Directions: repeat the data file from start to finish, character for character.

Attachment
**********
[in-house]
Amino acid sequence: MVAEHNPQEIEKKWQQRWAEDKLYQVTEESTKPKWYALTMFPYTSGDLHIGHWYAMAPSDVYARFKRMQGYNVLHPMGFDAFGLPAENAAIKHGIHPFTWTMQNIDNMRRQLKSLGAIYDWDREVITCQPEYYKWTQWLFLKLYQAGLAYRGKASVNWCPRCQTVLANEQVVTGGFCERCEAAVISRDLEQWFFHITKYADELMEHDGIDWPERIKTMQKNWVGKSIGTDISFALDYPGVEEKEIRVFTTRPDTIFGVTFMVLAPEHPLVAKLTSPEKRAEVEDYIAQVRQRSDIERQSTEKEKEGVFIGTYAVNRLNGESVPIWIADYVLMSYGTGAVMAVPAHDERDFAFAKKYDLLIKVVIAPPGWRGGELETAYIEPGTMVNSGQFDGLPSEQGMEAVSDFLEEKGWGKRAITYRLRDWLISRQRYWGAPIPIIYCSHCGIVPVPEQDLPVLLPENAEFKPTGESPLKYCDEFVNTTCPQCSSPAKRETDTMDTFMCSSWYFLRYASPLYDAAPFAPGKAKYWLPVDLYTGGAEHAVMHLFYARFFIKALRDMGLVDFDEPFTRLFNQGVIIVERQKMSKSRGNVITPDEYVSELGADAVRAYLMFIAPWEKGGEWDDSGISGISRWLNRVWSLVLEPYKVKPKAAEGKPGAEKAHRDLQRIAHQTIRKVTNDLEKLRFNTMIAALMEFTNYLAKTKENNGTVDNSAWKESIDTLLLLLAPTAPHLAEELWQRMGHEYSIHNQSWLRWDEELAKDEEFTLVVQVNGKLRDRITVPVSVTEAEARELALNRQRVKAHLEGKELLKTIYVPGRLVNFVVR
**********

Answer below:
[in-house]
Amino acid sequence: MVAEHNPQEIEKKWQQRWAEDKLYQVTEESTKPKWYALTMFPYTSGDLHIGHWYAMAPSDVYARFKRMQGYNVLHPMGFDAFGLPAENAAIKHGIHPFTWTMQNIDNMRRQLKSLGAIYDWDREVITCQPEYYKWTQWLFLKLYQAGLAYRGKASVNWCPRCQTVLANEQVVTGGFCERCEAAVISRDLEQWFFHITKYADELMEHDGIDWPERIKTMQKNWVGKSIGTDISFALDYPGVEEKEIRVFTTRPDTIFGVTFMVLAPEHPLVAKLTSPEKRAEVEDYIAQVRQRSDIERQSTEKEKEGVFIGTYAVNRLNGESVPIWIADYVLMSYGTGAVMAVPAHDERDFAFAKKYDLLIKVVIAPPGWRGGELETAYIEPGTMVNSGQFDGLPSEQGMEAVSDFLEEKGWGKRAITYRLRDWLISRQRYWGAPIPIIYCSHCGIVPVPEQDLPVLLPENAEFKPTGESPLKYCDEFVNTTCPQCSSPAKRETDTMDTFMCSSWYFLRYASPLYDAAPFAPGKAKYWLPVDLYTGGAEHAVMHLFYARFFIKALRDMGLVDFDEPFTRLFNQGVIIVERQKMSKSRGNVITPDEYVSELGADAVRAYLMFIAPWEKGGEWDDSGISGISRWLNRVWSLVLEPYKVKPKAAEGKPGAEKAHRDLQRIAHQTIRKVTNDLEKLRFNTMIAALMEFTNYLAKTKENNGTVDNSAWKESIDTLLLLLAPTAPHLAEELWQRMGHEYSIHNQSWLRWDEELAKDEEFTLVVQVNGKLRDRITVPVSVTEAEARELALNRQRVKAHLEGKELLKTIYVPGRLVNFVVR